Of the news stories and opinion pieces recently carried by print and electronic media with regard to reopening businesses, a couple of things have caught my attention.
First, the insistence that in any weighing of health versus the economy, it must be our elected political officials, not scientists or medical professionals that execute the balancing.
And second, that the balancing must not elevate health above all else.
These are truisms with which only the most narrowly focused scientific or medical professional might disagree. Nonetheless, I would like to flag two concerns that should temper our confidence that in embracing these truisms we will be assured of the best outcome.
Before doing so, a reality check on the notion that, without a vaccine or therapeutics, by just flipping the business-as-usual switch, the economy will roar back.
For starters, a March analysis by two Federal Reserve Bank officials and a Massachusetts Institute of Technology economist indicates that in the 1918 pandemic, locales aggressive in their closure and distancing measures had equivalent or more robust economic recoveries than those that were more lax. Also, a May 2017 study of the Great Recession by the St. Louis Fed indicates that, between December 2008 and December 2010, when strains on the economy were far less pronounced than faced now, and no stay-at-home orders existed, between 16% and 22% of businesses with more than five employees failed, and of those with less than five employees, more than 28% failed. Sobering food for thought.
Now my two concerns. First, there is an assumption in many of the referenced news stories and opinion pieces. Specifically, that elected political officials can be expected actually to engage in an unbiased, authentic and relevantly weighted balancing of the considerations inherent in the health versus economy calculation.
Admittedly, such officials risk paying the ultimate political price for ideologically skewed or self-serving balancing. Yet it strikes me that, by their very nature, elected politicians labor under both the huge weight of an inclination to tell constituents what they want — and not what they ought — to hear, and an equally compelling drive to resist imposing measures that require constituents to alter conduct in ways that are painful.
Except in rare instances where we are blessed with politicians willing to take the proverbial political bullet for acting in fully principled and non-ideological or self-serving ways, expecting elected leaders always to strike the best balance between health and the economy, and thereby save us from the presumed foibles of the scientific and medical community, seems overly optimistic, at best, and potentially devastating, at worst.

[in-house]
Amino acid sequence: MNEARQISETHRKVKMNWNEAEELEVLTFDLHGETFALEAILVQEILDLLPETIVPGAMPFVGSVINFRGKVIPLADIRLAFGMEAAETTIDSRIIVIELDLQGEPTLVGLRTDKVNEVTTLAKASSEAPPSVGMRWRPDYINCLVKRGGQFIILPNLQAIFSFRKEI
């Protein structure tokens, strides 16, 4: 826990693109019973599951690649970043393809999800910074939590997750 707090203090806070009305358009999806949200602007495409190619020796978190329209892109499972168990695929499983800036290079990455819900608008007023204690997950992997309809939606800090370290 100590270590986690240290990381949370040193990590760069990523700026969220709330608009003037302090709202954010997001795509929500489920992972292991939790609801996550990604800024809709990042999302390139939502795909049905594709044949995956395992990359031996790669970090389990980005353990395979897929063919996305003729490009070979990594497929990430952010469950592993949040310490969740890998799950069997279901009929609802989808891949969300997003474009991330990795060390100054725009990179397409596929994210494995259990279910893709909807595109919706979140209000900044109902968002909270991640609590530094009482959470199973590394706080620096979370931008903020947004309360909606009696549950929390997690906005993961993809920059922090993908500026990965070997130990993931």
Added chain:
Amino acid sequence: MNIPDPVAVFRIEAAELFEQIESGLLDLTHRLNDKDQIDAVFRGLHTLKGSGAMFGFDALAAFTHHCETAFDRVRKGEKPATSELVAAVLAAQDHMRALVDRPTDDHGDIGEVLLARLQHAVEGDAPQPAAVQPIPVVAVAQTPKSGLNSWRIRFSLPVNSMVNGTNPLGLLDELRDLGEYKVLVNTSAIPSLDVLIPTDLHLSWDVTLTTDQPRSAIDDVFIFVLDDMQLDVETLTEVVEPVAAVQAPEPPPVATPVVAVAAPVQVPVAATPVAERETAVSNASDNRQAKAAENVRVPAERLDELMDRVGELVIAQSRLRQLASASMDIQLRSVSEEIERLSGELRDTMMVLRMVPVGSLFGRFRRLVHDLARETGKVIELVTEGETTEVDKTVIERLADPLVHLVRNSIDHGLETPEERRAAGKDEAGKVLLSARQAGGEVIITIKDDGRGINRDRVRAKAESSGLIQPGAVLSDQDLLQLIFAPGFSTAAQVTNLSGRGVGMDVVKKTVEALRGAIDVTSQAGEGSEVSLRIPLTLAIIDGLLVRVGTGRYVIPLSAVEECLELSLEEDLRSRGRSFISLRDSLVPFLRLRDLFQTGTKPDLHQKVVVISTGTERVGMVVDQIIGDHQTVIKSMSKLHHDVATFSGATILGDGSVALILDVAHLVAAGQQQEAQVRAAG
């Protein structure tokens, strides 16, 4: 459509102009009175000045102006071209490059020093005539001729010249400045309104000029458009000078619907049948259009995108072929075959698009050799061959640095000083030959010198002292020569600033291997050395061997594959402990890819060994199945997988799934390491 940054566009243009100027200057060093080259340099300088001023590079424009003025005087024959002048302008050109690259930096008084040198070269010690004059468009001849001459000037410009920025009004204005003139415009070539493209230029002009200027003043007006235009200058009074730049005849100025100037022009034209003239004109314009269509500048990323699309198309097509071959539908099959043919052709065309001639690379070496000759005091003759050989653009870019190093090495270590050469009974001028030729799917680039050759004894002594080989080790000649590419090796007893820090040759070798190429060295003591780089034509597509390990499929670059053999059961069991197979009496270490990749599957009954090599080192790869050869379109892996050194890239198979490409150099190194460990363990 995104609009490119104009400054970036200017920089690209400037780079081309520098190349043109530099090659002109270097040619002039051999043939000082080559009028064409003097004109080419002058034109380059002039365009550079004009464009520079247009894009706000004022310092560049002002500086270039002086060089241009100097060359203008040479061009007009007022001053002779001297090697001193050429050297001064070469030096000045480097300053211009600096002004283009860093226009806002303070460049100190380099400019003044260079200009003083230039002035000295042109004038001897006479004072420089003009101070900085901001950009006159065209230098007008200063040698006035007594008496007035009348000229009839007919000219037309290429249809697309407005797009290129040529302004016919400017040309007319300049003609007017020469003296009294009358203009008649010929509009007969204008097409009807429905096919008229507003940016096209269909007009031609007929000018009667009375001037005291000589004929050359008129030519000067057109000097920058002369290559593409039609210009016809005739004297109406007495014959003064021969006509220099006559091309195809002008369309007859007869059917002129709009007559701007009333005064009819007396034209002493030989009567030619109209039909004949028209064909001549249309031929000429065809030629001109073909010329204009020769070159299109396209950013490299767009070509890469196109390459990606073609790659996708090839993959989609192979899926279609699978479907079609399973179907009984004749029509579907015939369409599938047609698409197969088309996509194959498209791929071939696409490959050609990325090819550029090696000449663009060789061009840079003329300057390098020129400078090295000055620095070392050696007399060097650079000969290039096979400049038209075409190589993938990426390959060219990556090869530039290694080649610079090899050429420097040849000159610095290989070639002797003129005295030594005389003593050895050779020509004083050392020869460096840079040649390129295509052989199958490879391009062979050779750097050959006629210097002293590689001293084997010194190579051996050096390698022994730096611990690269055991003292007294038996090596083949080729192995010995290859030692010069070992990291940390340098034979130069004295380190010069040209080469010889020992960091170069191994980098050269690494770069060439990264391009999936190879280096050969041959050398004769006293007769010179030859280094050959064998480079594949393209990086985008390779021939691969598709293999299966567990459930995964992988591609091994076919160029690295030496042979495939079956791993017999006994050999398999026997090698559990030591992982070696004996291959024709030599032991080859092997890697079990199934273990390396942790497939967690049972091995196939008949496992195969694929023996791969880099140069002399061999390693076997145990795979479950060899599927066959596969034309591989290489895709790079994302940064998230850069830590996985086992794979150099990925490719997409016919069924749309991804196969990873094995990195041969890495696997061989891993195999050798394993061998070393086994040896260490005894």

My second concern revolves around how we message that elected politicians, and not the scientific or medical community, are to be the ones with the final say on balancing health against the economy.
It is imperative that journalists and commentators weighing in on this matter tread with utmost care. To be religiously avoided is language or assertions that risk the general public interpreting what is said as both good reason to question the veracity of the scientific or medical community, and to view those communities as the obstruction to getting the economy back on track. Yes, advice about things like masks has changed. However, to trumpet such changes in ways that ignore legitimate explanation can sow incredibly counterproductive seeds of skepticism.
At its core, science is about probability. And its assessment of probabilities evolves with added knowledge. Without care given to how we message to the public that it is political officials who have the final voice in striking the balance between health and the economy, we risk undermining the importance of science and creating a void that tempts entry of partisan politics.
This latter risk reminds me of an exchange occurring between Madeleine Albright and British Foreign Secretary Robin Cook, when, in the midst of the Kosovo crisis, Cook informed Albright his legal staff had grave reservations about the lawfulness of certain actions the U.S. was asking coalition forces to take. Albright quipped: “Get new lawyers.”
If, for the sake of partisan loyalty we seek only the answers we wish to hear, and subjugate science and medicine to ideology, then we are all doomed.
Rex Zedalis, professor emeritus, University of Tulsa Law School, resides in Placitas, New Mexico.